BIG Condamine wheatgrower Rowell Walton has a feeling in his bones that this winter will deliver a bumper crop on his five southern Queensland properties.
There has been plenty of early cool rain, his fertile blacksoil river plains are full of moisture after two years of drought and, most telling of all, the elusive black swans that are always harbingers of a bountiful harvest have arrived on the brimming lagoon below his family’s simple white home.
“You get to feel the season when you have been here for 30 years; everything is telling me that this crop is going to be a great one,” says Mr Walton, with some enthusiasm.
But the chairman of the federal government’s National Rural Debt roundtable and one of Australia’s top 200 biggest farmers, falls silent as he remembers that he and his family are unlikely to be at Yullabilla to reap the benefits of such a big harvest ever again.
On May 27, Mr Walton and wife Debbie will be evicted from the country home where they have lived for most of their married lives and built their cropping empire.
After the Walton Family Farming’s debt reached $30 million this year, their bankers, the ANZ, sent receivers KordaMentha barrelling up their remote dirt drive without warning three weeks ago and declared their family farm enterprise with its five properties bankrupt and soon-to-be-sold.
Mr Walton, who has spent much of the past year touring Australia talking at farmer meetings and lobbying politicians to address what he believes is a tide of rural debt that threatens to swamp agriculture’s long-term viability, said he was stunned.
“It’s bloody ironic that the banks jump in at this point, when if we had been allowed to put the crop in ourselves, we would have been looking at a one-in-10 year massive crop that would have pulled us though,” Mr Walton said. “I don’t really blame the (ANZ) bank; I know somewhere in an office in Melbourne there is a whiteboard with our names and others on it saying that by this date, these properties and debts have to be off our loan books.
“But I do wonder why they picked the very week after we had good rain and had a soil full of water ready for a crop, to give up on us; you would have to think it is because now they can get a crop in the ground and maximise their resale values when they put our farms on the market …”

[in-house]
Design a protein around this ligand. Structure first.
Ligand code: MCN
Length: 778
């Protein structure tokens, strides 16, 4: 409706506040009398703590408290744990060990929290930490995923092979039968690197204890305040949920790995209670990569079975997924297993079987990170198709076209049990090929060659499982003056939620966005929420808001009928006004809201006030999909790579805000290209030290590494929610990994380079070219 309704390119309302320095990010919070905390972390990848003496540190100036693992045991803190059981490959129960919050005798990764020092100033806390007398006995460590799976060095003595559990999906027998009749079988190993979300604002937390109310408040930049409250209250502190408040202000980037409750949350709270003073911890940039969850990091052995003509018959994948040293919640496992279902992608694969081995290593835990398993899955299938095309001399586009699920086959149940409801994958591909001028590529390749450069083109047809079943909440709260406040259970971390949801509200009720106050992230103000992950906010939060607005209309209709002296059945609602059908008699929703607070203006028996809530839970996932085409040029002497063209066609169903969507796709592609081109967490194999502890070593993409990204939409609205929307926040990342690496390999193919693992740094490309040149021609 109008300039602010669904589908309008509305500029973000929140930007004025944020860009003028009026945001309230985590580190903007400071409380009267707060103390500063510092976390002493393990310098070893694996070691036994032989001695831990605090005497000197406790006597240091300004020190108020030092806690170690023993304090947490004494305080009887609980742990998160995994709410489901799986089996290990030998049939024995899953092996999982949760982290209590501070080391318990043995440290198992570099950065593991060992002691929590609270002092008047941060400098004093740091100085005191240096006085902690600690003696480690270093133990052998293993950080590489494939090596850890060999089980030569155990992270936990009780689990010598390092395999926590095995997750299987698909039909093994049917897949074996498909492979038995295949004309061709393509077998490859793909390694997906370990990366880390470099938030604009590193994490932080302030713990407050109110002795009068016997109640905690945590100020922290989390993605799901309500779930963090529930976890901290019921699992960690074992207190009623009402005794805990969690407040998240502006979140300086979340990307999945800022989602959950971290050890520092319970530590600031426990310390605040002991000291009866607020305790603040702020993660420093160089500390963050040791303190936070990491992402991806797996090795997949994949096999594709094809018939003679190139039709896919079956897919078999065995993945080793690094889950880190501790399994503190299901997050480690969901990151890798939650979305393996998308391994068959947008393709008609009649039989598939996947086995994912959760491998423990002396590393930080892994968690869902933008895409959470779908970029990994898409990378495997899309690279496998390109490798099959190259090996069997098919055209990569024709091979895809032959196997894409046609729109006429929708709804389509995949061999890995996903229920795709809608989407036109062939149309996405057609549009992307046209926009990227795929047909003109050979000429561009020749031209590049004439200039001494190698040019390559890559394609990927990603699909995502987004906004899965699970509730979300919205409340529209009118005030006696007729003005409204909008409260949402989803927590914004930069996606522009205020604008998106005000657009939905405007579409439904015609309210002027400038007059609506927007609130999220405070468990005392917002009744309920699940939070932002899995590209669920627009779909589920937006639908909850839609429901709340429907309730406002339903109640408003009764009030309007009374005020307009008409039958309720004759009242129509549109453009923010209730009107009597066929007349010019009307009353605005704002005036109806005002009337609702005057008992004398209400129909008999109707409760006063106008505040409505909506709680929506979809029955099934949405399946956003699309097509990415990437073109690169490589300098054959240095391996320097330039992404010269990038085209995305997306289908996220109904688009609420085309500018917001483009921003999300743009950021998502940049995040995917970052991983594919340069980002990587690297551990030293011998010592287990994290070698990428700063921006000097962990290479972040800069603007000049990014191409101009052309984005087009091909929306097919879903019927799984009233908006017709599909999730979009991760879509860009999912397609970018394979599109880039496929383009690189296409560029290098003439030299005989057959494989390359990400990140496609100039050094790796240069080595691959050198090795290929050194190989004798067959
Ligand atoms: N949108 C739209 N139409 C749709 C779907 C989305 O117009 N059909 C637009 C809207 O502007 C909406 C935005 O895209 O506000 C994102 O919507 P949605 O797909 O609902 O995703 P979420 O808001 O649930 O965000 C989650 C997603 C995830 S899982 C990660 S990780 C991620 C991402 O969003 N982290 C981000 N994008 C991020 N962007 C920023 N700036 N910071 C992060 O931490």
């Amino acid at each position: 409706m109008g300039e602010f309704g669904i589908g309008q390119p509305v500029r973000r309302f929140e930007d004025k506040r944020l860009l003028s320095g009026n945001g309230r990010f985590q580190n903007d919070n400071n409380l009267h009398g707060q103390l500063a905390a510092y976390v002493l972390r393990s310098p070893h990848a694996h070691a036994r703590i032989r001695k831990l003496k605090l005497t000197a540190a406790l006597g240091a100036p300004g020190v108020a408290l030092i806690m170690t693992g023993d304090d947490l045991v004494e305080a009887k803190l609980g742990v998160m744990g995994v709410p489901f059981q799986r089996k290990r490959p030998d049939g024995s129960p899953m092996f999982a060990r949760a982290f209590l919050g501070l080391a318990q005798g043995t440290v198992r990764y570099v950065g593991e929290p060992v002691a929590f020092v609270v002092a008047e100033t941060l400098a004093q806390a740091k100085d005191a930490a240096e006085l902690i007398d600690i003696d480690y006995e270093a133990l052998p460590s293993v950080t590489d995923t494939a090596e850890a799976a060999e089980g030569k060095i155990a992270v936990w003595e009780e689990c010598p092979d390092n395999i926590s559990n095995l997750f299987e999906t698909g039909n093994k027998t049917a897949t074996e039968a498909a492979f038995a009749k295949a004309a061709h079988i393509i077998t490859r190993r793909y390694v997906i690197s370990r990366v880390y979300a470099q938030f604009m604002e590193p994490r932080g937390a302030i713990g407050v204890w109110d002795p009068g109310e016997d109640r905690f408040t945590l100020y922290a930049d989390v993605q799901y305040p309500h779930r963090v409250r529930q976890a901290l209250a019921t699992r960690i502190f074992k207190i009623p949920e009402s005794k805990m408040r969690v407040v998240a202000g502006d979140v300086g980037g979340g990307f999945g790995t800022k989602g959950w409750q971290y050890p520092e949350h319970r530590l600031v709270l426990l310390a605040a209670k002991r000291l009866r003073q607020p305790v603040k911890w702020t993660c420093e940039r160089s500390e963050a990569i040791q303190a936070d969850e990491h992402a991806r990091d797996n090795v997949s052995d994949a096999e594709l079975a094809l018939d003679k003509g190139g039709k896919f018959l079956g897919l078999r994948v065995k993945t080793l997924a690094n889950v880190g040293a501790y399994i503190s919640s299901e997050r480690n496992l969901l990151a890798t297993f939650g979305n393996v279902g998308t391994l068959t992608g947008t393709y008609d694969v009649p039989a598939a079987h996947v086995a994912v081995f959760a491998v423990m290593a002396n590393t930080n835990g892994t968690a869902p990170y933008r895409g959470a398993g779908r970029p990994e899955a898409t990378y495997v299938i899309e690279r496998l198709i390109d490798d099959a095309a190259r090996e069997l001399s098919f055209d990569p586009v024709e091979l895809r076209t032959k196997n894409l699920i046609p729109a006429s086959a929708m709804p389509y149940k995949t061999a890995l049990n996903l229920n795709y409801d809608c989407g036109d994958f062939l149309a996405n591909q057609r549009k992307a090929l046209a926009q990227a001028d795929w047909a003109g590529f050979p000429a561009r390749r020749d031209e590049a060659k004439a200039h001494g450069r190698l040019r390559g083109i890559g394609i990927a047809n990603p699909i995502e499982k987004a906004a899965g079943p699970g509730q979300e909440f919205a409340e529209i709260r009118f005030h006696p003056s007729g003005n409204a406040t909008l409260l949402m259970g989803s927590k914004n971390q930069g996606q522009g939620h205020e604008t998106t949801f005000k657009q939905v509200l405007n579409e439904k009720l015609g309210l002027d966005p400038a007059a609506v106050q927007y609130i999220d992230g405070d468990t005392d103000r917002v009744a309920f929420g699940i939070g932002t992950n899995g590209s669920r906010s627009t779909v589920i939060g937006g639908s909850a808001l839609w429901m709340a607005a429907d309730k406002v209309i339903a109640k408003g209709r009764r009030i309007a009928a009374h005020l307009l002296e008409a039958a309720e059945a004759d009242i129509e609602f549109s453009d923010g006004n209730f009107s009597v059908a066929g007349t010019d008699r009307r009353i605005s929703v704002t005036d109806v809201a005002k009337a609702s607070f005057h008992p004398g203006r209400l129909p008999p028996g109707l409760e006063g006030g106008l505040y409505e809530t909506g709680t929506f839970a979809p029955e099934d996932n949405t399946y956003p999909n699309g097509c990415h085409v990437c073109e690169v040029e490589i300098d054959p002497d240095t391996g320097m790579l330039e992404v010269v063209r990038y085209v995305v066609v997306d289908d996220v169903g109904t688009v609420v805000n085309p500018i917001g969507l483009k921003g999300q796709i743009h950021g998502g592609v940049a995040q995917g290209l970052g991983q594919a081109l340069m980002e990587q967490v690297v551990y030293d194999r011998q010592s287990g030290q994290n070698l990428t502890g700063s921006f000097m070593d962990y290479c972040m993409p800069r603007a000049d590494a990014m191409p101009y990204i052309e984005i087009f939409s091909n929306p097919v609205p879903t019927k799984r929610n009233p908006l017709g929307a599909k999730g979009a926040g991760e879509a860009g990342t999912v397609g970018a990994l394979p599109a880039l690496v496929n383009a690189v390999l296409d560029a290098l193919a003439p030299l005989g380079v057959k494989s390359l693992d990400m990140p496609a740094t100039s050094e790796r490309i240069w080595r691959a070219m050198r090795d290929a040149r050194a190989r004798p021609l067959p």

Just a month ago, the Waltons were engaged in mediated talks with their bank about refinancing the debt on their Condamine River farms, which can produce winter wheat and summer crops worth more than $7 million in just one season. While times were tough and the bank had been tightly controlling their spending since 2011 when they lost two big crops in two consecutive years to flooding, Mr Walton believed there was still hope of recovery.
Admittedly their debt had blown out just as land prices plummeted because of the drought, sending bank valuations of their farms’ assets down from $27 million in 2009 to just $13m in 2012.
But they were still one of the biggest cropping businesses in Queensland, and Mr Walton never doubted that one good crop this year would get Walton Family Investments — his two sons Robert and Gavin both work and manage parts of the family business — out of trouble.
Now the bank-appointed receivers have placed a farm manager on his cropping properties to plant this season’s new crop and run every element of the business, in readiness for likely sale to new owners in June.
Mr Walton is forced to sit by and watch from his veranda while someone who doesn’t know his land, uses “his” machinery — the banks have claimed it too — to sow vast hectares of wheat that could have been his family’s salvation.
After four years of rotten luck, it is enough to make Mr Walton walk away from the kitchen table in tears.
Mr Walton said he had fleeting moments of being excited about a new future ahead, of living in a caravan as they had no other home and maybe going fishing.
But, more often, the proud man who has inspired farmers across the nation trying to get a fairer deal for rural Australia, admits he lies curled in a fetal position for hours on end, unable to get out of bed and finding little reason each morning to face a new day.
The potential for suicide is not ignored. Mr Walton, whose father took his own life, said he knew there were times in his darkest moments of deep depression, when someone less strong, positive and big-picture might have killed themselves.
Mr Walton fears a gathering storm that could become the “Fanny Mae” prime lending crisis of the Australian bush, especially if banks continue to squeeze credit and try to recoup bad loans with multiple fire sales of farming properties like his now the rain has come around the nation.Author : SUE NEALES
Source : The Australian